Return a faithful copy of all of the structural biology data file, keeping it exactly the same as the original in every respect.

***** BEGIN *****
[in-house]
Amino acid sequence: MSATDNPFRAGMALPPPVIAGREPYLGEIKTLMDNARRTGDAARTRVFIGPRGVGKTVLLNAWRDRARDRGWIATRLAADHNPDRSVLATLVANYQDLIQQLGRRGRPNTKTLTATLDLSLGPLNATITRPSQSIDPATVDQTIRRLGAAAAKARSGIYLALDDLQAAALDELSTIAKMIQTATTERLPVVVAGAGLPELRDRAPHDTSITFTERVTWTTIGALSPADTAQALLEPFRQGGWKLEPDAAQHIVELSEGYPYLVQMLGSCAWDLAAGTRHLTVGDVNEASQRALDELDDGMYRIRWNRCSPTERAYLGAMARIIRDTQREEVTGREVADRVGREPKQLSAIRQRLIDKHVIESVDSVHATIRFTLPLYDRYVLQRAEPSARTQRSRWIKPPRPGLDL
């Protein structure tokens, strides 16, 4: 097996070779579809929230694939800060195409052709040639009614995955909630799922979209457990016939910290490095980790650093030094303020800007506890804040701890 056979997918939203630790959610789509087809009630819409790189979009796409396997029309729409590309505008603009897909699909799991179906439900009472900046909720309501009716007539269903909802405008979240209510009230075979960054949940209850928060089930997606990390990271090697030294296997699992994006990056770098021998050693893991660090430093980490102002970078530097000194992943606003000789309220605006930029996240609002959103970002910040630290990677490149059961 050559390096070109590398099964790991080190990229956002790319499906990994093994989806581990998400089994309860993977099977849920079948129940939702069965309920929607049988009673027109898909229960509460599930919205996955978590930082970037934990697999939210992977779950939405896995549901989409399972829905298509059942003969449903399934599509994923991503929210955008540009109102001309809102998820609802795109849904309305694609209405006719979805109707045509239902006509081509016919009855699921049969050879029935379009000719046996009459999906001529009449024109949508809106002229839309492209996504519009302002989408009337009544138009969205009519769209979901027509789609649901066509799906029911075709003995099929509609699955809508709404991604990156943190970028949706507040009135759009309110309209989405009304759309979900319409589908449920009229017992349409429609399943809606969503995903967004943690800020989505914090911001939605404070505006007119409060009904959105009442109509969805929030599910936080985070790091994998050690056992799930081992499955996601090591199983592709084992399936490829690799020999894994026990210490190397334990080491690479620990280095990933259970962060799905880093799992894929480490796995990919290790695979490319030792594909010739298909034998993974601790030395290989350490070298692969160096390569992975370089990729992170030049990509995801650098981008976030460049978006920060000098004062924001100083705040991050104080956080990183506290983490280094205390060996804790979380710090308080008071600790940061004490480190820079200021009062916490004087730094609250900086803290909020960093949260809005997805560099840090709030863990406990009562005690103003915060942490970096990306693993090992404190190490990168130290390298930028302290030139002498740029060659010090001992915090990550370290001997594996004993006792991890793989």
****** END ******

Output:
[in-house]
Amino acid sequence: MSATDNPFRAGMALPPPVIAGREPYLGEIKTLMDNARRTGDAARTRVFIGPRGVGKTVLLNAWRDRARDRGWIATRLAADHNPDRSVLATLVANYQDLIQQLGRRGRPNTKTLTATLDLSLGPLNATITRPSQSIDPATVDQTIRRLGAAAAKARSGIYLALDDLQAAALDELSTIAKMIQTATTERLPVVVAGAGLPELRDRAPHDTSITFTERVTWTTIGALSPADTAQALLEPFRQGGWKLEPDAAQHIVELSEGYPYLVQMLGSCAWDLAAGTRHLTVGDVNEASQRALDELDDGMYRIRWNRCSPTERAYLGAMARIIRDTQREEVTGREVADRVGREPKQLSAIRQRLIDKHVIESVDSVHATIRFTLPLYDRYVLQRAEPSARTQRSRWIKPPRPGLDL
């Protein structure tokens, strides 16, 4: 097996070779579809929230694939800060195409052709040639009614995955909630799922979209457990016939910290490095980790650093030094303020800007506890804040701890 056979997918939203630790959610789509087809009630819409790189979009796409396997029309729409590309505008603009897909699909799991179906439900009472900046909720309501009716007539269903909802405008979240209510009230075979960054949940209850928060089930997606990390990271090697030294296997699992994006990056770098021998050693893991660090430093980490102002970078530097000194992943606003000789309220605006930029996240609002959103970002910040630290990677490149059961 050559390096070109590398099964790991080190990229956002790319499906990994093994989806581990998400089994309860993977099977849920079948129940939702069965309920929607049988009673027109898909229960509460599930919205996955978590930082970037934990697999939210992977779950939405896995549901989409399972829905298509059942003969449903399934599509994923991503929210955008540009109102001309809102998820609802795109849904309305694609209405006719979805109707045509239902006509081509016919009855699921049969050879029935379009000719046996009459999906001529009449024109949508809106002229839309492209996504519009302002989408009337009544138009969205009519769209979901027509789609649901066509799906029911075709003995099929509609699955809508709404991604990156943190970028949706507040009135759009309110309209989405009304759309979900319409589908449920009229017992349409429609399943809606969503995903967004943690800020989505914090911001939605404070505006007119409060009904959105009442109509969805929030599910936080985070790091994998050690056992799930081992499955996601090591199983592709084992399936490829690799020999894994026990210490190397334990080491690479620990280095990933259970962060799905880093799992894929480490796995990919290790695979490319030792594909010739298909034998993974601790030395290989350490070298692969160096390569992975370089990729992170030049990509995801650098981008976030460049978006920060000098004062924001100083705040991050104080956080990183506290983490280094205390060996804790979380710090308080008071600790940061004490480190820079200021009062916490004087730094609250900086803290909020960093949260809005997805560099840090709030863990406990009562005690103003915060942490970096990306693993090992404190190490990168130290390298930028302290030139002498740029060659010090001992915090990550370290001997594996004993006792991890793989």